Fiscal Stewardship. The NHLBI’s fiscal year (FY) 2019 budget, at $3.29 billion, is 3.1% higher than in FY 2018. This is the fourth year in a row that the NHLBI’s appropriation has increased. The additional funding will allow the NHLBI to increase its paylines for R01 awards and for early-stage investigator (ESI) awards. The NHLBI continues to fund awards for meritorious science that address important scientific priorities.

Dr. Gibbons presented data on NHLBI-initiated requests for applications (RFAs) and program announcements as well as the 22 FOAs that the NHLBI is cosponsoring with other National Institutes of Health (NIH) Institutes and Centers (ICs). In FY 2018, the NHLBI’s funding for research program grants totaled $560.2 million. Dr. Gibbons also summarized the Institute’s initiative development process, which begins with strategic visioning priorities, includes concept development and review by the NHLBAC and BEE, and continues through development and publication of the FOAs.

Seizing Unprecedented Opportunities. The NHLBI is participating in the Helping to End Addiction Long-term Initiative led by the National Institute on Drug Abuse and National Institute of Neurological Disorders and Stroke, to speed the development of scientific solutions to stem the national opioid crisis.

The NHLBI is also collaborating with other NIH ICs in the Investigation of Co-occurring Conditions Across the Lifespan to Understand Down Syndrome (INCLUDE) Project. People with this condition often have congenital heart disease, obstructive sleep apnea, and other conditions that fall within NHLBI’s mission.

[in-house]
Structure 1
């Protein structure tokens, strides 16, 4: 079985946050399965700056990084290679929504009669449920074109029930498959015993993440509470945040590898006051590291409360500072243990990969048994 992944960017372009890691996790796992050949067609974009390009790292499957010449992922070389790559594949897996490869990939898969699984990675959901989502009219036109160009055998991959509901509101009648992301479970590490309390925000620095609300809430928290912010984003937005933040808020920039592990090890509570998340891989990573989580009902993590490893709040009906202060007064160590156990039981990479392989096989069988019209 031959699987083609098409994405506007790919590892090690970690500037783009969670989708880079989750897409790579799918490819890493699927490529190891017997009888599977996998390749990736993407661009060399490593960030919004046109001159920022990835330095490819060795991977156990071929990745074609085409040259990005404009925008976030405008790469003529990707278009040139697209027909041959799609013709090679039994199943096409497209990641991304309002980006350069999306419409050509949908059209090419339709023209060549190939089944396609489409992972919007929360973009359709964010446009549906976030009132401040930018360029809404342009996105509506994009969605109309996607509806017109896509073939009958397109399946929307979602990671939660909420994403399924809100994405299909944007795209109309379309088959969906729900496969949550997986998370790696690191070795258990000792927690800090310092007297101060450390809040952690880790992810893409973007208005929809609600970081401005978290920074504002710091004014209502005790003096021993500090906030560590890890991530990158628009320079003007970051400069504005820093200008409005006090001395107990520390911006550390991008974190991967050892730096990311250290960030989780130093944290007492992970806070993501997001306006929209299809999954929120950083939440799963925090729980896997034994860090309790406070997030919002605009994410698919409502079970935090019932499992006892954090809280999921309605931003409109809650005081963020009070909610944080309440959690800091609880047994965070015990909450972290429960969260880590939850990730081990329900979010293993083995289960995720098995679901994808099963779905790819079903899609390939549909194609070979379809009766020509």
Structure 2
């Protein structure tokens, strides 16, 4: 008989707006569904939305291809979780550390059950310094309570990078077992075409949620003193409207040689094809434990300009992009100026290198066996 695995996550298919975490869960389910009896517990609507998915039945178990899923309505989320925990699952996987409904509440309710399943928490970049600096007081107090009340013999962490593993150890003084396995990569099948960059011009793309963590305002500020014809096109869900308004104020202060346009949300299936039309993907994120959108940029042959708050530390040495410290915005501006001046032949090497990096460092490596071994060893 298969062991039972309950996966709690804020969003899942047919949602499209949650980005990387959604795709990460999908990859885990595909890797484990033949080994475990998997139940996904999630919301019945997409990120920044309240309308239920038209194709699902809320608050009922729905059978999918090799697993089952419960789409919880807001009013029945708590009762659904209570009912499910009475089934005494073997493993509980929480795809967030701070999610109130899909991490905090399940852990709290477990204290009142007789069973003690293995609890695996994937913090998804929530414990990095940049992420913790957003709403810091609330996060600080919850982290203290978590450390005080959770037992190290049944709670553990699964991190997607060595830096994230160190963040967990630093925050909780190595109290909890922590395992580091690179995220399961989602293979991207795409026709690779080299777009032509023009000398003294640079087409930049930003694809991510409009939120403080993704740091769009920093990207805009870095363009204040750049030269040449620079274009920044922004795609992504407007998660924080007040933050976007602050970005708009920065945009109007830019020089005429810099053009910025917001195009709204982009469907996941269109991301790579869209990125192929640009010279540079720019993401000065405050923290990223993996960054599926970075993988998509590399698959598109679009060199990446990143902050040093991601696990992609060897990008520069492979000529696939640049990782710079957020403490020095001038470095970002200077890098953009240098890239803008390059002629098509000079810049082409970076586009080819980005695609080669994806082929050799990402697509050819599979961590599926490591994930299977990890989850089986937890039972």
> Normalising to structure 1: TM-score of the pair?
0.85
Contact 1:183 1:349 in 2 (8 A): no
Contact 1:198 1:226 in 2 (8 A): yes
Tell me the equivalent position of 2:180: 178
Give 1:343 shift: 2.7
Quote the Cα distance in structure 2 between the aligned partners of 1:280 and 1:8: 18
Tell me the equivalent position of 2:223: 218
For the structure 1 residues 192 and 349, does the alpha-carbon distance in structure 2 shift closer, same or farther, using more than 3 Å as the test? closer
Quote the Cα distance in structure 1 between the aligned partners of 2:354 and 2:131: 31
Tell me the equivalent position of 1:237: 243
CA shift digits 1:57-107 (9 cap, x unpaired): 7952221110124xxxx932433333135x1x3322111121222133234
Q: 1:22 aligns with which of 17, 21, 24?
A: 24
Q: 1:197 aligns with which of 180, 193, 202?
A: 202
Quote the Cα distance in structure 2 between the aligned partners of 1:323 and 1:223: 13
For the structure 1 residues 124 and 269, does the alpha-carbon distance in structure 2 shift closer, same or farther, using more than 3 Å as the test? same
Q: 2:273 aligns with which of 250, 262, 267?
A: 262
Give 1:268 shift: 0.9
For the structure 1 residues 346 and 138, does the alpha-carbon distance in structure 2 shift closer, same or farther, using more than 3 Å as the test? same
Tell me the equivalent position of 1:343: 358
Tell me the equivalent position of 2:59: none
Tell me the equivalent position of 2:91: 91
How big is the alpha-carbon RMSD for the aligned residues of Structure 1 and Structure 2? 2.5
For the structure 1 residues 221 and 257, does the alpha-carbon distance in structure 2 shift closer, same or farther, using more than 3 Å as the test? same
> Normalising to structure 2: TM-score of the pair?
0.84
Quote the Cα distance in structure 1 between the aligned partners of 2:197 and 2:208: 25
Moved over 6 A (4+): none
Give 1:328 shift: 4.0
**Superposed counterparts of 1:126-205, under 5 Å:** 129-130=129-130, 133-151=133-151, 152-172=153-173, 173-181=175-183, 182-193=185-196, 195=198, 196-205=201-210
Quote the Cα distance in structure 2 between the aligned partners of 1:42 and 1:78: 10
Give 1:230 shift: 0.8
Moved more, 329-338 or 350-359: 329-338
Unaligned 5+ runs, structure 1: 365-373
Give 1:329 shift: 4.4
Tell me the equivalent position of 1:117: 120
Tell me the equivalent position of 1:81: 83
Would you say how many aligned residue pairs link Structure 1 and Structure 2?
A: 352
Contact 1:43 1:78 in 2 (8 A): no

The Institute recently launched the Cure Sickle Cell Initiative, which will leverage the assets developed by the NHLBI and a broad range of stakeholders (including biotechnology and pharmaceutical companies, other federal agencies, professional societies, academic institutions, and patients and patient advocacy groups). The initiative’s purpose is to seize the scientific opportunity to use new therapies and new technologies (e.g., gene transfer, gene editing) to cure sickle cell disease in the next 5 years. The NHLBI is committed to ensuring that evidence-based technologies and therapies are implemented in ways that promote high-quality care for as many patients as possible.

The NHLBI will issue the FOA, Rare Disease Cohorts in Heart, Lung, Blood and Sleep Disorders (UG3/UH3), in December 2018, and applications will be due in February 2019. This research will support the discovery and deeper understanding of the biological pathways and genetics of rare disease (including hypertrophic cardiomyopathy, idiopathic pulmonary fibrosis, and sickle cell disease and other hemoglobinopathies) to improve diagnosis and development of new and better treatments.

The NHLBI plans to seize on the scientific opportunities in rare and complex disease research offered by multidimensional, multiscale data and new technologies, including environmental and cohort datasets, -omics and machine learning technologies, and big data integration in the cloud. The Institute will leverage the capabilities of machine learning and artificial intelligence to seek novel patterns in these data.